New media arts curriculum to build pipeline to creative careers
(Calif.) With media arts now a staple in California’s new art education standards, a Los Angeles-based non-profit is developing a media arts curriculum to be piloted in five schools serving about 9,000 students in South L.A.
The curriculum development–as well as the ensuing teacher training–is being funded by a near-$2.4 million grant from the U.S. Department of Education.
LA Promise Fund, recipient of the grant and curriculum developers, is aiming to have 360 teachers trained to teach to the curriculum by the end of the 2022 academic year.
Alex Karas, director of arts programs for the LA Promise Fund, said the funding will first go toward writing of new curriculum, which integrates media arts into English language arts and mathematics.
“We partnered with Hollywood providers to make sure students are exposed to real-world scenarios and are able to use real-word tools and discover how media arts is actually used in the professional world,” Karas said in an interview. “So, for instance, we’ve partnered with Paramount Animation to integrate animation practices into the curriculum so kids can learn about character development, the marketing of films, and the animation process as it relates to the professional world in their backyard.”
Participation in arts education has long been shown to improve soft skills as well as social-emotional and academic outcomes. Students exposed to various art programs tend to demonstrate higher levels of self-confidence, imagination, cooperation, communication skills, memory, empathy and tolerance.
Media arts in particular has received more attention in recent years, as well as support from policymakers–partially because of the benefits of arts education as highlighted in numerous studies, but also largely because of the need for trained workers to bolster California’s “creative economy.”
Creative industries include careers at the forefront and behind the scenes of music, film and television, art and design, photography, theater, writing, broadcast and an ever-growing number of other fields.
Unsurprisingly, California especially has a significant need for those trained to work in such fields.
Karas said part of this organization’s mission is to promote education equity in L.A. County. He also noted that implementing this type of curriculum in often underserved schools will help prepare students who otherwise wouldn’t have the opportunity for local, in-demand careers.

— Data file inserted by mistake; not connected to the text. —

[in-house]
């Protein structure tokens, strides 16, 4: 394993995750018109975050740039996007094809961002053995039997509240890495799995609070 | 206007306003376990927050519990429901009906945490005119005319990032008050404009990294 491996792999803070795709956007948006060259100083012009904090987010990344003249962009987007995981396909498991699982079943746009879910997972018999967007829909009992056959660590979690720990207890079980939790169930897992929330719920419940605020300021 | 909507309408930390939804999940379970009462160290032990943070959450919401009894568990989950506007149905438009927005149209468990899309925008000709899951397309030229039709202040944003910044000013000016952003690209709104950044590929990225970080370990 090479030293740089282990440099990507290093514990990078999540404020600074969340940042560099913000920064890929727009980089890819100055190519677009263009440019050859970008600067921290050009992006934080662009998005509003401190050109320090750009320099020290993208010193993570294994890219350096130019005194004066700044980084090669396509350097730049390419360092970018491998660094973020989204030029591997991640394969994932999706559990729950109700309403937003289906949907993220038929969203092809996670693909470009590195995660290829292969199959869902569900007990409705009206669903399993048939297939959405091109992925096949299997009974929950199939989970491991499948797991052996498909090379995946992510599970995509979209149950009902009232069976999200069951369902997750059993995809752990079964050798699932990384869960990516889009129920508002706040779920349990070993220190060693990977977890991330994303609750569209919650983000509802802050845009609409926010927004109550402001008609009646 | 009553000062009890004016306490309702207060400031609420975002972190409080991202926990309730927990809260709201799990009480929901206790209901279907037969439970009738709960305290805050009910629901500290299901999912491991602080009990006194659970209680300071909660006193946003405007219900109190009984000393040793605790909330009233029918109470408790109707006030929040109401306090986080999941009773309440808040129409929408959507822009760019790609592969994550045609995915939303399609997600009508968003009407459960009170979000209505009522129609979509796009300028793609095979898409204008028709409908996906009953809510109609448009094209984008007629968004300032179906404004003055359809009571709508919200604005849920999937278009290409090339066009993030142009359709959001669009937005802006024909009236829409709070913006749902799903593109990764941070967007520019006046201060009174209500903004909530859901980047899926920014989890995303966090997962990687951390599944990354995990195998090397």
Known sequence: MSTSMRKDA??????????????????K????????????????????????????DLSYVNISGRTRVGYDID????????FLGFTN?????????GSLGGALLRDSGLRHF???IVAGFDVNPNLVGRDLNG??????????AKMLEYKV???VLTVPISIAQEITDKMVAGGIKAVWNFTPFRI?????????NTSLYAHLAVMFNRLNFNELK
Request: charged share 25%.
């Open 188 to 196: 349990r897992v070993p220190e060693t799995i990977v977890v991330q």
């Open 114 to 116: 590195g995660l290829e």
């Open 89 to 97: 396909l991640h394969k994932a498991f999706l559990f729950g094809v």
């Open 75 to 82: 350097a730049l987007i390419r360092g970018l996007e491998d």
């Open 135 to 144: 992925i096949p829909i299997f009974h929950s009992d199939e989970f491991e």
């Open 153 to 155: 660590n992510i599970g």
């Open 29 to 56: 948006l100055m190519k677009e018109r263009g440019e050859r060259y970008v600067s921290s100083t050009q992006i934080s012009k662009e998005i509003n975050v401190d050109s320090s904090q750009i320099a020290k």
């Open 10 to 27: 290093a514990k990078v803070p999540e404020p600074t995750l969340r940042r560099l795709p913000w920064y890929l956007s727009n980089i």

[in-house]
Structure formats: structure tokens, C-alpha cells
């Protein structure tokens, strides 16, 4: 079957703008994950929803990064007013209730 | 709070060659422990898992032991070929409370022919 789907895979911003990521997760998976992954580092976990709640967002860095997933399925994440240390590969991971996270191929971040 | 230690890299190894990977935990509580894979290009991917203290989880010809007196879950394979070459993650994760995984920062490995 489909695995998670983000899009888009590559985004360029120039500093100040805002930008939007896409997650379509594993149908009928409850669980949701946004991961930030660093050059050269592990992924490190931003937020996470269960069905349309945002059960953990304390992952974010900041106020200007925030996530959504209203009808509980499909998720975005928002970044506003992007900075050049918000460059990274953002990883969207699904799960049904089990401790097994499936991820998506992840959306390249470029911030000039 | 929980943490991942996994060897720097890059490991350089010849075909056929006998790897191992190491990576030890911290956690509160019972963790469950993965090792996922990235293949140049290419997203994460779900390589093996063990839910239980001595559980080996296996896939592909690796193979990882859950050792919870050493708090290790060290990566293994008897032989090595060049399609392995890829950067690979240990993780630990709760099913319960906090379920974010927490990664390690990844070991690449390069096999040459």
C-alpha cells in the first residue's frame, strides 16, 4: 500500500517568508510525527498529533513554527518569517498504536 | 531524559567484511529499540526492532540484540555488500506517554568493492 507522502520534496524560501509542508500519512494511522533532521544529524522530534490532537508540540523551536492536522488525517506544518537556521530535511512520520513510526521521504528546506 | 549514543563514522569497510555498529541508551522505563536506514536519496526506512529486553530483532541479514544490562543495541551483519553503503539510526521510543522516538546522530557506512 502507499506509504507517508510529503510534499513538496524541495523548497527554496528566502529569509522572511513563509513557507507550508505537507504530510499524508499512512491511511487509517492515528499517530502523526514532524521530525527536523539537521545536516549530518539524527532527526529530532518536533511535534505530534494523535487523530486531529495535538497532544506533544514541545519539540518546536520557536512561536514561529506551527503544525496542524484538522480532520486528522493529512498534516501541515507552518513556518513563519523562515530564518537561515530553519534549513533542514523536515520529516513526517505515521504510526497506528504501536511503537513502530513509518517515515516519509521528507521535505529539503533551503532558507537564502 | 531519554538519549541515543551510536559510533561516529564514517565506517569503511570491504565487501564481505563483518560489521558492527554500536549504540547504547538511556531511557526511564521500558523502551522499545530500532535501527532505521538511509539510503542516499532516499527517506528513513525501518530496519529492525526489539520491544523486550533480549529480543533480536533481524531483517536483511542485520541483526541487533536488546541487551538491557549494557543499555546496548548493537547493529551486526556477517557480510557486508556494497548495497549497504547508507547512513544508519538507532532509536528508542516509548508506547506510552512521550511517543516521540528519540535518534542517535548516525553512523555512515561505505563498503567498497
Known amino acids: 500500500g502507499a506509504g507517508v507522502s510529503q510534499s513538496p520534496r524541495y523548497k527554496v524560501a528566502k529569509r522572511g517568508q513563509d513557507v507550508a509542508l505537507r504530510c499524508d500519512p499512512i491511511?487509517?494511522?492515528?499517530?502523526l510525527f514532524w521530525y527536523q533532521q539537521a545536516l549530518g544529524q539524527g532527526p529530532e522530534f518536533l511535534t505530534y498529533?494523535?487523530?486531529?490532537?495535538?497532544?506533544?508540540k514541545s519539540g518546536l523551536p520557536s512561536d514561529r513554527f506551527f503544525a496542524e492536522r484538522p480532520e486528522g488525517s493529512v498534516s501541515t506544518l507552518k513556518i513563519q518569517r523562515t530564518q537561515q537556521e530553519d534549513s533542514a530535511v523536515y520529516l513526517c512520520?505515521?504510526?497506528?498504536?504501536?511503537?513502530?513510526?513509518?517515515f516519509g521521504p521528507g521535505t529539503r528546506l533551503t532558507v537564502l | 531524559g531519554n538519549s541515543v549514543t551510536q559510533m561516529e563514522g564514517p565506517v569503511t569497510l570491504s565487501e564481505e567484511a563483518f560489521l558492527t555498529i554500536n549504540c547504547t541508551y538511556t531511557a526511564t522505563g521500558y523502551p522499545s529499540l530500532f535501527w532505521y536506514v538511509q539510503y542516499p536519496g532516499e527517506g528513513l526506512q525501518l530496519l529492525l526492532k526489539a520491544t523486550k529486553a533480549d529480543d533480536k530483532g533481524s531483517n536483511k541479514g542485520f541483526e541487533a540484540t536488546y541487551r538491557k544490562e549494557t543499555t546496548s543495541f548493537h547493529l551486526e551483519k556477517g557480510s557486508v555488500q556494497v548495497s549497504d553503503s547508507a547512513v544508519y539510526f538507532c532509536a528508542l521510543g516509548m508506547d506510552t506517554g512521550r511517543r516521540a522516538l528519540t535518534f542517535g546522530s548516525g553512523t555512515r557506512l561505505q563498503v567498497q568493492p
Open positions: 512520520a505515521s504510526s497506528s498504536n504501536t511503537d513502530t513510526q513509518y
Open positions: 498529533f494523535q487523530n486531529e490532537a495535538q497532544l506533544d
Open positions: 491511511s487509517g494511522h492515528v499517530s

“In Los Angeles, one in every seven jobs is in the creative economy, and of those jobs, two of every three are in media and entertainment,” he said. “We see this as a way of developing a pipeline of kids who are trained and acclimated to this world, and exposed to these careers that they otherwise–even though these jobs are virtually in their backyard–probably don’t know even exist.”
The curriculum currently under development will cover grades 6 through 12, and will be integrated into ELA and math courses. Again using animation as an example, Karas said students may learn ratios in math as they relate to how characters are drawn.
The organization’s media arts curriculum may ultimately benefit students statewide. The California State Board of Education recently adopted new arts education standards that not only revised visual and performing arts standards, but also added media arts as a fifth discipline.
Of the 22 recipients of last year’s federal arts education development and dissemination grants, Karas said the LA Promise Fund was the one that specifically focused on media arts.
“We understand that media arts is a newer field with new academic standards, but not a lot of curricular support, so we see this as an opportunity to set the stage,” Karas said.
To better implement the new curriculum over period of four years, a cohort of 24 math and ELA teachers across grades 6 through 12 will receive intensive professional development and coaching support, reaching 600 students each year. An additional 360 South L.A. teachers will be trained by the original cohort teachers, reaching an additional 9,000 students.